Background: Long-term real-life data of sensor-augmented pump therapy (SAP) in paediatric type 1 diabetes (T1D) patients are lacking.
Objectives: To assess the impact of SAP in a nationwide study of paediatric T1D patients on HbA1c, hypoglycaemia and quality of life until 24 months.
Methods: Between December 2014 and February 2017, 75 children entered the Belgian reimbursement system for SAP and were followed for 12 (n=73) and 24 months (sub analysis of the children of the University Hospital of Antwerp; n=25). Study endpoints included evolution of HbA1c, hypoglycaemia and quality of life (impact, satisfaction, worry and parents questionnaires).
Results: Seventy-three (97%) patients used SAP for 12 months. Baseline HbA1c (7.2±0.7%) decreased to 7.1±0.8% at 4 months (P=0.02), remained stable at 8 months (7.1%±0.7%; P=0.03) and 12 months (7.1%±0.8%; P=0.1), even after 24 months (7.1±0.9%; P=0.4). Patients with a baseline HbA1c <7.5% (n=46), had a mean HbA1c of 6.8±0.5% and it did not change after 4, 8, 12 and 24 months (P=NS). Subjects with a baseline HbA1c ≥7.5% (n=26, mean HbA1c 8.0±0.4%) showed an improvement of 0.4% at 4 months (7.6±0.7%; P=0.002), an improvement of 0.5% at 8 months (7.5±0.6%; P=0.001), with a stabilisation at 12 months (7.6±0.7%; P=0.03). No improvement was seen after 24 months in the remaining seven children with a poor metabolic control (8.0±1.0%; P=0.9). Time in hypoglycaemia (5070 mg/dl) decreased from 5.8±5.1% at baseline to 4.8±3.2% at 12 months (P=0.07) and to 3.5±4.0% at 24 months (n=20; P=0.009). Time in severe hypoglycaemia (<50 mg/dl) did not change over time (1.0±1.6%). Overall, quality of life did not change in our patients while using SAP.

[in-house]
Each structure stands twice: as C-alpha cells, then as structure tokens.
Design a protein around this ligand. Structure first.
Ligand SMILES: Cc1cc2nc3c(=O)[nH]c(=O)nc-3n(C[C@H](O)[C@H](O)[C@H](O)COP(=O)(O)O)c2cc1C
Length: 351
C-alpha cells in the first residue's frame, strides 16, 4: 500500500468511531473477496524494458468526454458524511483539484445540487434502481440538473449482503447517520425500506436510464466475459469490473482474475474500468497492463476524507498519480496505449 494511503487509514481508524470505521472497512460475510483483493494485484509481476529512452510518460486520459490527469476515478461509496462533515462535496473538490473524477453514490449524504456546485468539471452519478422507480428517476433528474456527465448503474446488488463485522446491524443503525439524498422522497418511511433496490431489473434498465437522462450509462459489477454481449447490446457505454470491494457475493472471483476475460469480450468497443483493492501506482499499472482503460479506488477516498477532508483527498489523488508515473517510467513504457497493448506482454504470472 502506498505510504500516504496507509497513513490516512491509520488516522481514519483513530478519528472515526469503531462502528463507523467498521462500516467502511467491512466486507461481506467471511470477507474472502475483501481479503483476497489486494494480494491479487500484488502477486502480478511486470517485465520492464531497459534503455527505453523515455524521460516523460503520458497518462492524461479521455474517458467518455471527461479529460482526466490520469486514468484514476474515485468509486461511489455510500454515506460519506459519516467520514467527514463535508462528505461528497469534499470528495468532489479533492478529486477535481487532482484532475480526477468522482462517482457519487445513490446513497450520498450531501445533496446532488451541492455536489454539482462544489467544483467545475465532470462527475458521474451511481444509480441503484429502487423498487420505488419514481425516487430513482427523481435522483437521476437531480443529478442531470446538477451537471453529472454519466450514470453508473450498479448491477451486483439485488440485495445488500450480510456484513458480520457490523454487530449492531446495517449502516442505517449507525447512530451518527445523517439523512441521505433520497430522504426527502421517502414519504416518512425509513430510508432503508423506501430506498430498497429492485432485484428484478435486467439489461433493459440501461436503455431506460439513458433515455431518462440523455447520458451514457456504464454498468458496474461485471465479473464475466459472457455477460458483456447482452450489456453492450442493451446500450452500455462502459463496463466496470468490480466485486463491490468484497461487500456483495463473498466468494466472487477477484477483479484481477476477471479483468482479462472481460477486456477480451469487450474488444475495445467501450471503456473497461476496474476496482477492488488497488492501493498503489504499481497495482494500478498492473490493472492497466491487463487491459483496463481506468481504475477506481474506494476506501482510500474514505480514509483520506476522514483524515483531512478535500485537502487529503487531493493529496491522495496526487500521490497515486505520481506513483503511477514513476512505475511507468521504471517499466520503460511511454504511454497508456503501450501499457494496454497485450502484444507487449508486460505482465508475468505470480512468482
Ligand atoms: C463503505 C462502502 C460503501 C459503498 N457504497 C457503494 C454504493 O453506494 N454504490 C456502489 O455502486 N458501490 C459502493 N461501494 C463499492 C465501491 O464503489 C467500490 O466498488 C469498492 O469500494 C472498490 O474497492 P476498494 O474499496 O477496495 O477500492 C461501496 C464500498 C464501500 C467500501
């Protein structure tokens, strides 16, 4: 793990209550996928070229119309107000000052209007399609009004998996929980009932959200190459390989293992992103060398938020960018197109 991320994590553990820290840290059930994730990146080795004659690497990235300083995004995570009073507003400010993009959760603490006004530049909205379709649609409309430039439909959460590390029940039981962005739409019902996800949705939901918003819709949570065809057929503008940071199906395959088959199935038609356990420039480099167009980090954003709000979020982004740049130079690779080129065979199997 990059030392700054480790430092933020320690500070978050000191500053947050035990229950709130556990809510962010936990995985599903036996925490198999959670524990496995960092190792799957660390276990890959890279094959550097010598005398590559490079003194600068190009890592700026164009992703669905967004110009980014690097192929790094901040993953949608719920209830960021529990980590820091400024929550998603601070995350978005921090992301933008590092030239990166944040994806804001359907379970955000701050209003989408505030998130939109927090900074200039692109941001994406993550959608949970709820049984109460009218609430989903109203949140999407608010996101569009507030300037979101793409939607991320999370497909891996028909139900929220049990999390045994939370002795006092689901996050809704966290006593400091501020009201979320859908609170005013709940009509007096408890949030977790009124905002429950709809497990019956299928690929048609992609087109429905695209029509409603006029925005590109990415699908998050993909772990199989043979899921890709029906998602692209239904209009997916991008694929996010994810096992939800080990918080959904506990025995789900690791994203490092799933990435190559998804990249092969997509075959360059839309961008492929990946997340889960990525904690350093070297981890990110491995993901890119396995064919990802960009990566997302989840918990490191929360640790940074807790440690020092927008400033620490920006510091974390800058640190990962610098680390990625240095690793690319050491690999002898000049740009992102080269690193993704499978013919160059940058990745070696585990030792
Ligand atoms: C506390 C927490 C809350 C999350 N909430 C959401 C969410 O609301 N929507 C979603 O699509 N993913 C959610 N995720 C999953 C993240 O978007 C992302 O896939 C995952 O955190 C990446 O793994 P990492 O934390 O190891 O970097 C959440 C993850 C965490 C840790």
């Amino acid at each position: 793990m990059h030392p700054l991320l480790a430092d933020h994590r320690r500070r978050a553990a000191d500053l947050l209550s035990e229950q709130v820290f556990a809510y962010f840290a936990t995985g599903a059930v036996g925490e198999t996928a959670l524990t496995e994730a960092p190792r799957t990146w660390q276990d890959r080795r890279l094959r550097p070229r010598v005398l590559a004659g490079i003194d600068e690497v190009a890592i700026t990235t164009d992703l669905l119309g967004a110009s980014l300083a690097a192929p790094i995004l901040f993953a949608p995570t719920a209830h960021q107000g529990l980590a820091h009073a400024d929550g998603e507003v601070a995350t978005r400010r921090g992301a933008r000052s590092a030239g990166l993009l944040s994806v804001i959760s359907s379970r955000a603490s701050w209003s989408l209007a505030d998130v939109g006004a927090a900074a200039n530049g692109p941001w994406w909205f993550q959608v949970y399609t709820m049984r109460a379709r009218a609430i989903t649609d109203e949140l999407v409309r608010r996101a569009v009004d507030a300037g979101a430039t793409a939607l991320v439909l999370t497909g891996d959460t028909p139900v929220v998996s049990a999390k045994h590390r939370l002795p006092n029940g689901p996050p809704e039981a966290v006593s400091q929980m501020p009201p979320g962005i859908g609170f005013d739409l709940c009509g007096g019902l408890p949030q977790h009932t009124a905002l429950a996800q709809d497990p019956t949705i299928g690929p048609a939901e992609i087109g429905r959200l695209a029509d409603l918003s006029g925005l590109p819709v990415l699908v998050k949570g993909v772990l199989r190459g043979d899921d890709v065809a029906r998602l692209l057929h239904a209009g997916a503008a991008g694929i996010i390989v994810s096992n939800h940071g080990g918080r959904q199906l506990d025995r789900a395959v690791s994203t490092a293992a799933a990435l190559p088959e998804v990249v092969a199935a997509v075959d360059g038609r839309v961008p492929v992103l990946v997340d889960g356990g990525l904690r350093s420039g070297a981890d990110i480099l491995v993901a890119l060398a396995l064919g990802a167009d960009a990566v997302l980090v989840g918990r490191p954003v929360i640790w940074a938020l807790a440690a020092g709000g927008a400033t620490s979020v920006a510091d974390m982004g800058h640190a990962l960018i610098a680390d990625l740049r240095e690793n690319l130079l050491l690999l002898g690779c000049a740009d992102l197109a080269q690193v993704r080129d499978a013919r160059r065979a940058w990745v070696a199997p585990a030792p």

Conclusions: Reimbursement of SAP in paediatric T1D patients improved HbA1c, especially in patients with a poor metabolic control, and decreased time in hypoglycaemia without affecting overall quality of life.
21 Oct 2019
Belgian Endocrine Society